dc.date.issued1980en_US
dc.publisherThe University of Arizona.en_US
dc.rightsCopyright © is held by the author. Digital access to this material is made possible by the University Libraries, University of Arizona. Further transmission, reproduction or presentation (such as public display or performance) of protected items is prohibited except with permission of the author.en_US
dc.description.abstractThe concentration of phenols in the soils environment and their fate was studied as a function of five different soil types, six different monohydroxyphenols, and three different municipal landfill leachates media. Concentrations of naturally occurring phenols were also followed for a period of one year in young and old leachates. Methods for analysis of phenols were reviewed for quantitative and qualitative analysis of phenols in landfill leachates. To determine the adsorptive capabilities of the soils used in this study, the isotherm approach was used after the equilibration time of phenols in soils was determined to be five days. Concentrations of phenols varying from 5 ppm to 100 ppm were used to construct isotherm graphs. The soil-phenol isotherm curves conformed very well to the Freundlich equation, indicating multiple adsorption mechanisms and slow equilibration times in the soilsphenols reactions. A statistical analysis of the isotherm data showed %-free iron oxides to be the most important soil characteristic for the adsorption of phenols by all soils; followed by soil pH and % clay in order of significance. High solubility and moderate polarity of phenols also were found to be favorable factors in the adsorption of phenols by soils. Naturally occurring phenols such as cresols disappeared fastèr from soil solutions than synthetic phenols. The reactivities of phenols with MSW leachates increased with the age of the leachates. Very young leachates, having low pH and high TOC levels favored synthetic phenols over naturally occurring phenols to react with. All leachates studied demonstrated an ability to remove from solution one or more of the six phenols used in large quantities over a period of 15 days or less. The overall performance of the leachates used in this study seemed to be a function of the humic acid levels found in them. Levels of naturally occurring phenols in leachates varied from several ppbs to more than 9000 ppbs for a year's period. The highest phenol levels were found in the young phenols and the lowest levels in the old phenols; indicating that pH and TOC concentration determine the amounts of phenols in solution. In column studies of perfusion of leachates through 10 cm of soil materials packed at field densities, no soil was able to stop the migration of phenols for more than 5 to 10 pore volume displacements. Low pH and high TOC levels seemed to play a much larger role in the migration of phenols through soils than the levels of phenols found in the leachates used. The use of phenol enriched deionized water passed through soil columns showed the fact that there is a clear dependency of adsorption of phenol on the flow rate. Slow rates favored adsorption of phenol by all soils studied. The TOC analysis of the effluents from the phenol enriched water-soil columns studies indicated that some mechanisms for the disappearance of phenol from soil solution may have been transformation reactions as well as adsorption reactions. Varying TOC levels with flux seemed to indicate that these reactions are much slower than the adsorption reactions. The use of Cu⁺² saturated soils in an attempt to correlate transformation reactions of phenol with transition metal catalytic properties failed to increase the adsorption and/or transformation of phenol in the soil media. The 4-aminoantipyrine colorimetric method performed well in the analysis of phenols in air unstable leachates. Gas-liquid chromatography using NPGSB+H₃PO₄ on Anakrom A 90/100 mesh was used for the quantitative and qualitative analysis of phenols in leachates.en_US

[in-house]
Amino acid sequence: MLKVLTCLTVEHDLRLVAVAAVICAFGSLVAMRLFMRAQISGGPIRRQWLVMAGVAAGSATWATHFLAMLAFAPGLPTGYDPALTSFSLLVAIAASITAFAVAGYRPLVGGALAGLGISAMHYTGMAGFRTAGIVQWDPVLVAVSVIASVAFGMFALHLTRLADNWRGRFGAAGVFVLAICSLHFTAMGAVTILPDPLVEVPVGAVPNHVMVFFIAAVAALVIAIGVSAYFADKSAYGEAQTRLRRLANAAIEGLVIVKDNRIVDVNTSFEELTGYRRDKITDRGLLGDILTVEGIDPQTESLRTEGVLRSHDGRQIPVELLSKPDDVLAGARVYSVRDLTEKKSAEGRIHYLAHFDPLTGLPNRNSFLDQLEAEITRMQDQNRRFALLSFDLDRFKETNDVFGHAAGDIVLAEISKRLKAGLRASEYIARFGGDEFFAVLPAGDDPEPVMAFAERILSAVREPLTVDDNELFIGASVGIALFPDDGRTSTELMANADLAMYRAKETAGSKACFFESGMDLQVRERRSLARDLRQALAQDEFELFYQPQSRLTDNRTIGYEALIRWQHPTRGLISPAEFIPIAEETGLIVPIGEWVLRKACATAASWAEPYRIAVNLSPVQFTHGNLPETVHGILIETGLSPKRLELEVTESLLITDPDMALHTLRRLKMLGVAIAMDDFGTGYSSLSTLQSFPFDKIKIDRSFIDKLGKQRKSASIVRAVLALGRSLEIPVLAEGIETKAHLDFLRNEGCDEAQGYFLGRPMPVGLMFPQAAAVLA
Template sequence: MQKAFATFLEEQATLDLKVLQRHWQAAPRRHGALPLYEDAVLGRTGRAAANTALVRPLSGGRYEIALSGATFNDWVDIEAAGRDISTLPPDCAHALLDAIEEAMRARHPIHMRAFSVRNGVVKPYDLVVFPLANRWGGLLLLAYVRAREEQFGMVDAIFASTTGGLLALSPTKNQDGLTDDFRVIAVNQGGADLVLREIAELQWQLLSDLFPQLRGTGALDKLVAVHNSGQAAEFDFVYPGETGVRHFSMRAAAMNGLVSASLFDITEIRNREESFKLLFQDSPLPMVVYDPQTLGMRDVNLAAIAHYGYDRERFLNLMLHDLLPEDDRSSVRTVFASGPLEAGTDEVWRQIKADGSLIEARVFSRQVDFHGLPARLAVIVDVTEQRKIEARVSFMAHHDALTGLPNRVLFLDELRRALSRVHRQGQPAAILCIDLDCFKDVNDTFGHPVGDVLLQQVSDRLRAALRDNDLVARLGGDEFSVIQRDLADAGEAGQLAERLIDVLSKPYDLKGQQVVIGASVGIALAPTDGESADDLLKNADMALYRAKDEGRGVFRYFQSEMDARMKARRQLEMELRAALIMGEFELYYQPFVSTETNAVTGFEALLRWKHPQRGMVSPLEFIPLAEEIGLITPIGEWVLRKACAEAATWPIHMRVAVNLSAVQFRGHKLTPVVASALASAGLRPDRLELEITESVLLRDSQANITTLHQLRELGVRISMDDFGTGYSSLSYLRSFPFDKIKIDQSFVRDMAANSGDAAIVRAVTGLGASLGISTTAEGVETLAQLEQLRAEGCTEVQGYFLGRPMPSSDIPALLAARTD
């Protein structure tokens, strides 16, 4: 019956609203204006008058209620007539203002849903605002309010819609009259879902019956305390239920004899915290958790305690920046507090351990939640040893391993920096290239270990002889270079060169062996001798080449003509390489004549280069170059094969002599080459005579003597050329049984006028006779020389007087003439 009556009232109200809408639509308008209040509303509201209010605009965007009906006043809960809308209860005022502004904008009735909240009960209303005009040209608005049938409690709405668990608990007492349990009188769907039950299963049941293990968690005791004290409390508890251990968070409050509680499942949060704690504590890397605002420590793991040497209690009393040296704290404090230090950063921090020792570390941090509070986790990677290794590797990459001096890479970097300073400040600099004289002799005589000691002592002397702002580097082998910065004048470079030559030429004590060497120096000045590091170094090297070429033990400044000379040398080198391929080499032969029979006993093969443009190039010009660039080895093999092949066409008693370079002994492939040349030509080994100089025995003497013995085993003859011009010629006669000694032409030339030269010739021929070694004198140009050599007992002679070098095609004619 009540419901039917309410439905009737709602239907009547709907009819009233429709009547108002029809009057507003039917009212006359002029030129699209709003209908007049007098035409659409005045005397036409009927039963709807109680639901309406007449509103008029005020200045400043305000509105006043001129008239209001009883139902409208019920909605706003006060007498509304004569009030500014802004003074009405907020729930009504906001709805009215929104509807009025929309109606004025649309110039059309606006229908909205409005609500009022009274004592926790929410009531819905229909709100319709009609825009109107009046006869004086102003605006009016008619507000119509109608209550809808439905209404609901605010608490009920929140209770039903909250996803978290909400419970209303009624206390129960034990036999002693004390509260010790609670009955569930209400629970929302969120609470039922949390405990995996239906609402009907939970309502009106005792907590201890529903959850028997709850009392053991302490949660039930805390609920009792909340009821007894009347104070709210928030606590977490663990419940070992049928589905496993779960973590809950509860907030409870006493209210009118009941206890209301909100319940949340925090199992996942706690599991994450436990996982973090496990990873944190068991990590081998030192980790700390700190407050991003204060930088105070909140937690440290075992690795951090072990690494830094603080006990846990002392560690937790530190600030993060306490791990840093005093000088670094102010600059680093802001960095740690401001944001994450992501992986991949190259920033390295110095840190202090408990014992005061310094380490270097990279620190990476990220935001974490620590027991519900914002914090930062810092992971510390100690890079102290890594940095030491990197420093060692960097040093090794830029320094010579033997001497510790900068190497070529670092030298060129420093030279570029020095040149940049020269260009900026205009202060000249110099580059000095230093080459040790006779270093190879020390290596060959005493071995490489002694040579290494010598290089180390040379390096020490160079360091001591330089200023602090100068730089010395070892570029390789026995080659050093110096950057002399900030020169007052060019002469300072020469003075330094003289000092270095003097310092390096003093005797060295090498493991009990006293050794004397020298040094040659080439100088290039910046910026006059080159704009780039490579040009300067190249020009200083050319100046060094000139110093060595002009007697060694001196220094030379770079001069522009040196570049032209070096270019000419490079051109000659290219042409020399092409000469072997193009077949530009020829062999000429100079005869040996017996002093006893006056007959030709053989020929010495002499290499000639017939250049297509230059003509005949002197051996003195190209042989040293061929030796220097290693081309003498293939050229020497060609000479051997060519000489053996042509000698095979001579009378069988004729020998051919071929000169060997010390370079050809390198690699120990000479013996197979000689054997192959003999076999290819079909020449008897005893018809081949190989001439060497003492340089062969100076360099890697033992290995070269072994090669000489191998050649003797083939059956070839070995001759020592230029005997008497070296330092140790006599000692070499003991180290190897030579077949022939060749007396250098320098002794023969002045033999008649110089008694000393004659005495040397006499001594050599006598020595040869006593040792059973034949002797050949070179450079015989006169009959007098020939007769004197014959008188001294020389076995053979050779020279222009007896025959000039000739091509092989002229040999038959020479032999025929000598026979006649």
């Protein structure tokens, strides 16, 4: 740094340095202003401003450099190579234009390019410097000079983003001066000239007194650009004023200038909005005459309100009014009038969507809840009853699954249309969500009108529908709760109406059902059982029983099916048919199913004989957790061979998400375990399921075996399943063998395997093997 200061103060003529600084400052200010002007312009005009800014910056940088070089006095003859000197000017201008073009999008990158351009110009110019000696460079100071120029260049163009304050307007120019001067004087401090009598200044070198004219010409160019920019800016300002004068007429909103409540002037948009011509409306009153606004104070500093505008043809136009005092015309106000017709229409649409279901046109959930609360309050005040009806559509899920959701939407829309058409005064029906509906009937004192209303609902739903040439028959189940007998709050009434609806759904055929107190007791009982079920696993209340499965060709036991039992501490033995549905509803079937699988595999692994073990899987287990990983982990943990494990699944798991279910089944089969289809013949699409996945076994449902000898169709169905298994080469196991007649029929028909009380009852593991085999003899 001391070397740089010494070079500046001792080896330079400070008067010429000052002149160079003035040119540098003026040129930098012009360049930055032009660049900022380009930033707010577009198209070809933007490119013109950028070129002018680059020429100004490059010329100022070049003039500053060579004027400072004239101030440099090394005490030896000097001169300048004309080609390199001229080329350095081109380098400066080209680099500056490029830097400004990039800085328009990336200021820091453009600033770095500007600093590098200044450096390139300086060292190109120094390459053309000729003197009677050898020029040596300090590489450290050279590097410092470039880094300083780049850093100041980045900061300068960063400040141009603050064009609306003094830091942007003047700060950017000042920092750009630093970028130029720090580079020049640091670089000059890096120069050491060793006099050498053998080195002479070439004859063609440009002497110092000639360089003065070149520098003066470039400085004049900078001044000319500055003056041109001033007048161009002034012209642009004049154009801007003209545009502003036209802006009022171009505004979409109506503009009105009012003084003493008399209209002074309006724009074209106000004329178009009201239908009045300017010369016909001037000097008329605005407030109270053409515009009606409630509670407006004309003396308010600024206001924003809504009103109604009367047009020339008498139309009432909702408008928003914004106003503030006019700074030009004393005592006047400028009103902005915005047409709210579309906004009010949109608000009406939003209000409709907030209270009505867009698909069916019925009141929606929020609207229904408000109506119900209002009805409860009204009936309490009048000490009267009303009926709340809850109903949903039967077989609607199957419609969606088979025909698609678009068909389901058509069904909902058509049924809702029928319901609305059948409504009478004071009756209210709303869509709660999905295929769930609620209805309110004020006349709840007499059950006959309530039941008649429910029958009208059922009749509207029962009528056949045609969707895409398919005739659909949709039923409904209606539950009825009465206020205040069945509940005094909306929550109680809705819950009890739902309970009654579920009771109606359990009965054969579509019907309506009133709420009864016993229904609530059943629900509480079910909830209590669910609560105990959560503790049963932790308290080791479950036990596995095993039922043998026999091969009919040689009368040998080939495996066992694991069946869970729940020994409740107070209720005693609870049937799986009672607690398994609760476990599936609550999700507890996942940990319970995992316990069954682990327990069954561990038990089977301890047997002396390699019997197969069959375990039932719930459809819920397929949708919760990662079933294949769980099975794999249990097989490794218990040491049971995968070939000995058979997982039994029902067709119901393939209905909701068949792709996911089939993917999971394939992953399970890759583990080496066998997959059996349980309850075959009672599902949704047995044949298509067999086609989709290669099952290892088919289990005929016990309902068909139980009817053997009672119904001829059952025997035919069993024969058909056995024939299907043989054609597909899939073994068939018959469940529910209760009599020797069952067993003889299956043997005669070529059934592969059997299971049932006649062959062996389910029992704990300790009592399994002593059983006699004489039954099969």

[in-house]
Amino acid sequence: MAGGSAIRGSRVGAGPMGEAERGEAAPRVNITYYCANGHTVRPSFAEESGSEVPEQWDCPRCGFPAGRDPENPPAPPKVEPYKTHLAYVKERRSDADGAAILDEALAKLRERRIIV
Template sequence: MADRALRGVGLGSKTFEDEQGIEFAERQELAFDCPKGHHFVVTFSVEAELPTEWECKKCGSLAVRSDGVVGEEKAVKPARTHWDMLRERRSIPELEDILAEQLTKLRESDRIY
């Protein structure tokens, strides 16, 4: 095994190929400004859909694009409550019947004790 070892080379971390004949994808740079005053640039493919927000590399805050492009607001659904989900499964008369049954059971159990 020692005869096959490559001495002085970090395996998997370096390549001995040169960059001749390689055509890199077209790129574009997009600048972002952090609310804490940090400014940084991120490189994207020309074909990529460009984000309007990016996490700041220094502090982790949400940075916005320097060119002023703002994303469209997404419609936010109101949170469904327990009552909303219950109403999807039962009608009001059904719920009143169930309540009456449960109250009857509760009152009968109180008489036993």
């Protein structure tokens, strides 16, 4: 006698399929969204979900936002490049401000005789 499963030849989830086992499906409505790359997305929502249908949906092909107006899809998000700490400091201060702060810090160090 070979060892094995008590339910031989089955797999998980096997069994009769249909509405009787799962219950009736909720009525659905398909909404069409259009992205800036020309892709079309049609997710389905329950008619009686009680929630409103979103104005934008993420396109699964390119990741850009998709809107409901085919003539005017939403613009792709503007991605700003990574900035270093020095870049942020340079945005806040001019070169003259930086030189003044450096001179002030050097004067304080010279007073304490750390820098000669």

dc.description.notehydrology collectionen_US
dc.typeDissertation-Reproduction (electronic)en_US
dc.typetexten_US
dc.subjectHydrology.en_US
dc.subjectPhenols -- Environmental aspects.en_US
dc.subjectWaste disposal in the ground -- Environmental aspects.en_US
dc.subjectSoils -- Leaching.en_US
thesis.degree.namePh. D.en_US
thesis.degree.leveldoctoralen_US
thesis.degree.disciplineSoils, Water and Engineeringen_US
thesis.degree.disciplineGraduate Collegeen_US
thesis.degree.grantorUniversity of Arizonaen_US
dc.contributor.chairFuller, Wallace H.en_US
dc.contributor.committeememberHendricks, David M.en_US
dc.contributor.committeememberTucker, T. C.en_US
dc.contributor.committeememberFreiser, Henryen_US
dc.identifier.oclc212908360en_US